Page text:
- Incorporate Strength And Conditioning Into Your Training Plan. This doesn’t have to be time consuming and the exercises don’t have to require equipment.
- Set Targets. Have a competition/race in mind to aim for as this will help you to structure your training. When I first started training for triathlon I was just randomly messing about in the gym and the pool and had no idea what I was doing and why. That was, until I signed up for my first race and realised I needed to get my act together. So set targets and sign up for races. This gives you something to aim for and helps you focus your training. You get an idea of what distances you need to aim for and in what time period. You can then look at the time scale you have, and set mini-targets leading up to the race where you want to be hitting particular times or distances. A word of warning with this though, think carefully about the goals that you set. After not running much, ever, in my life, I first set a target to run 10k without stopping within 3 weeks of training. Another epic fail which ended with me sitting in the middle of a park trying to look pathetic enough so a kind cyclist would take pity on me and give me a lift home!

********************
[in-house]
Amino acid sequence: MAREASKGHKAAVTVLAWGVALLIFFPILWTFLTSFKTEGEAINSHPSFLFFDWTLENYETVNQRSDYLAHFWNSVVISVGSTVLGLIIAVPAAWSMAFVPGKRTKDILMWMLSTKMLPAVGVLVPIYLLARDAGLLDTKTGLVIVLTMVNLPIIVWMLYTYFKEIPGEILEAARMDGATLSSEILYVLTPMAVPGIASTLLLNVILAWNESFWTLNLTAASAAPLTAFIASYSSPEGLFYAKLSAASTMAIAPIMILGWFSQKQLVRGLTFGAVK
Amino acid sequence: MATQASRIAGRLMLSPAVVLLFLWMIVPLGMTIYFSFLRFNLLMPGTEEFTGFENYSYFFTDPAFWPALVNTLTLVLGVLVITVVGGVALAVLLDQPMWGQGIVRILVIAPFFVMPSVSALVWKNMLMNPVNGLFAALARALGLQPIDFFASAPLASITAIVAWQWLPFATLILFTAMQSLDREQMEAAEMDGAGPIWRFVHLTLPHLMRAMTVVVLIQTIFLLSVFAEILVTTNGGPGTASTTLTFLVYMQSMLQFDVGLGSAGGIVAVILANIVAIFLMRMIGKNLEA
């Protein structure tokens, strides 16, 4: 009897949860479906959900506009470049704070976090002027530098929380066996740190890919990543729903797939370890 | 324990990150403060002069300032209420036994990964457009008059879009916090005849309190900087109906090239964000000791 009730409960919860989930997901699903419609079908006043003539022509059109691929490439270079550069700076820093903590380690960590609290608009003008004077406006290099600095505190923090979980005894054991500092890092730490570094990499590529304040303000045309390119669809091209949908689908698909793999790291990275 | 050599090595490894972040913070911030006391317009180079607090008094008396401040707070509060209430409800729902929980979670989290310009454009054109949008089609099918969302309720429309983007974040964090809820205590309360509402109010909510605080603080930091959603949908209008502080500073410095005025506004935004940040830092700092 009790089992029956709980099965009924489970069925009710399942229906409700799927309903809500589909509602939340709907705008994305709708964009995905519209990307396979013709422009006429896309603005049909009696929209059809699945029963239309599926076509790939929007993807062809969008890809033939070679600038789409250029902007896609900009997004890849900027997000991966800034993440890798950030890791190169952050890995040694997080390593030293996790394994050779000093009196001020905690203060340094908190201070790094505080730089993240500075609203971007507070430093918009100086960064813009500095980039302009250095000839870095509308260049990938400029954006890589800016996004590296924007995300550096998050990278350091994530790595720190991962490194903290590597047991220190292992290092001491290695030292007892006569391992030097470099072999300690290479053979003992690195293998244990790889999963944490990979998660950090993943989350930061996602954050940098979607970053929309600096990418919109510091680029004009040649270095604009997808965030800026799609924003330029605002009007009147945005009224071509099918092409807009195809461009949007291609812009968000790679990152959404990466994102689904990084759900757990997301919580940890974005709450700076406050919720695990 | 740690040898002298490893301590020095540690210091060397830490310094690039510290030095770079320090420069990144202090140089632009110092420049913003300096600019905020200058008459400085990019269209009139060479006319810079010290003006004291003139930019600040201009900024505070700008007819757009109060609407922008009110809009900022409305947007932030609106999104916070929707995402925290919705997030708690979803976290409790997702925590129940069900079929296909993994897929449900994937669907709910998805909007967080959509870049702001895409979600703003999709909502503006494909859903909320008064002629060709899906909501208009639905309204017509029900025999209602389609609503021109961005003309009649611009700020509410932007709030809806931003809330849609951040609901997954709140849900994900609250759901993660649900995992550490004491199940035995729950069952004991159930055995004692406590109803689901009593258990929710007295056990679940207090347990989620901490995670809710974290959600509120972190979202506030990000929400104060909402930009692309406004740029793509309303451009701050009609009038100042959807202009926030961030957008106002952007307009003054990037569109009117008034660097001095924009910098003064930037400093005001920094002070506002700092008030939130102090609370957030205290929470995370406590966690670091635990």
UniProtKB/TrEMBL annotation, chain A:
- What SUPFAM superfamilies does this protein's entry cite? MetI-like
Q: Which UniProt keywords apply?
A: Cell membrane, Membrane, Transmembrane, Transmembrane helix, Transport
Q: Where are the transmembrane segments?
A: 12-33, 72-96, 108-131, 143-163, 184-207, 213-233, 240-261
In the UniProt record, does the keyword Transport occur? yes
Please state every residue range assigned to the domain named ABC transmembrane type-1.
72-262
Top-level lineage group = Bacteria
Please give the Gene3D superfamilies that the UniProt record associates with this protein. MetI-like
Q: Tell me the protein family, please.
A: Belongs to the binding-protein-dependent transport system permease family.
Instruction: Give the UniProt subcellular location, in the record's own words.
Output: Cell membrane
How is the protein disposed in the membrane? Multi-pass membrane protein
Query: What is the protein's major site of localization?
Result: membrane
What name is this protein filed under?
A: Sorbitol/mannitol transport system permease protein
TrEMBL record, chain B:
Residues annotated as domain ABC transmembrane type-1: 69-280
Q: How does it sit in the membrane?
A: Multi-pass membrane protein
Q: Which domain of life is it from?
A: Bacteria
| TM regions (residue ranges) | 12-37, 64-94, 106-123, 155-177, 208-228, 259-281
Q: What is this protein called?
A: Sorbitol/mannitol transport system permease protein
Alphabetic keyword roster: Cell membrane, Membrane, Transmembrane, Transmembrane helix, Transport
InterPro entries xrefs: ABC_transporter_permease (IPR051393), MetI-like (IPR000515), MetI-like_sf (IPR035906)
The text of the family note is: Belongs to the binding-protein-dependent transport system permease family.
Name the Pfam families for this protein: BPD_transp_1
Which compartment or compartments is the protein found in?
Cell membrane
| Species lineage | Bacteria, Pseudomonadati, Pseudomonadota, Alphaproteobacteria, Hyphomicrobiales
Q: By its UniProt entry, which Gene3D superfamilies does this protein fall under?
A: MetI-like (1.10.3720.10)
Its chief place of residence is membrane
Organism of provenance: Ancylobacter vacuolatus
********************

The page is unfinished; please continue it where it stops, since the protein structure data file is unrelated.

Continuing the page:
- Vary Your Sessions and build in progression so you don’t get bored. I like to write down each session and my average pace and distance so I can see how I’m improving. To keep training interesting I mix it up a bit. While I have a kind of template of the types of sessions I am to do, and on what day, the session itself will
vary from week to week to try and keep it interesting. For example, on a Monday I do my hard run session. One week that may be a set of 25x400m reps. Then the next week that may entail 10x1km reps, and then the next week it may be 7x1mile reps. I am easily bored, so this keeps me interested for longer and makes it more interesting. It also good to keep your body guessing. You will see more improvement if you are not doing the same thing all the time
- Repeat Sessions
It may sound like I am contradicting the previous point, but it is good to have some sessions that you repeat. This is a great way to chart progress and to help you set realistic goals. I usually pick one or two key speed run session, bike to run sessions, and speed swim session that I repeat on about a 4-6 week cycle. I try as far as possible to do them under the same conditions (for example when the weather is similar or in the gym) and see if there has been any improvement. Nowadays, I don’t improve anywhere near as often as I used too. But when you first start training you will get gains and that can be a great confidence booster. When I get the occasional personal best session now I treat myself with carrot cake.
And don’t forget to do some brick sessions!! This is hugely important in triathlon as it prepares you for the bike to run transition. Depending on the distance of your triathlon the run only has to be short...just enough to get over the wobbly leg sensation so you can hit the run hard!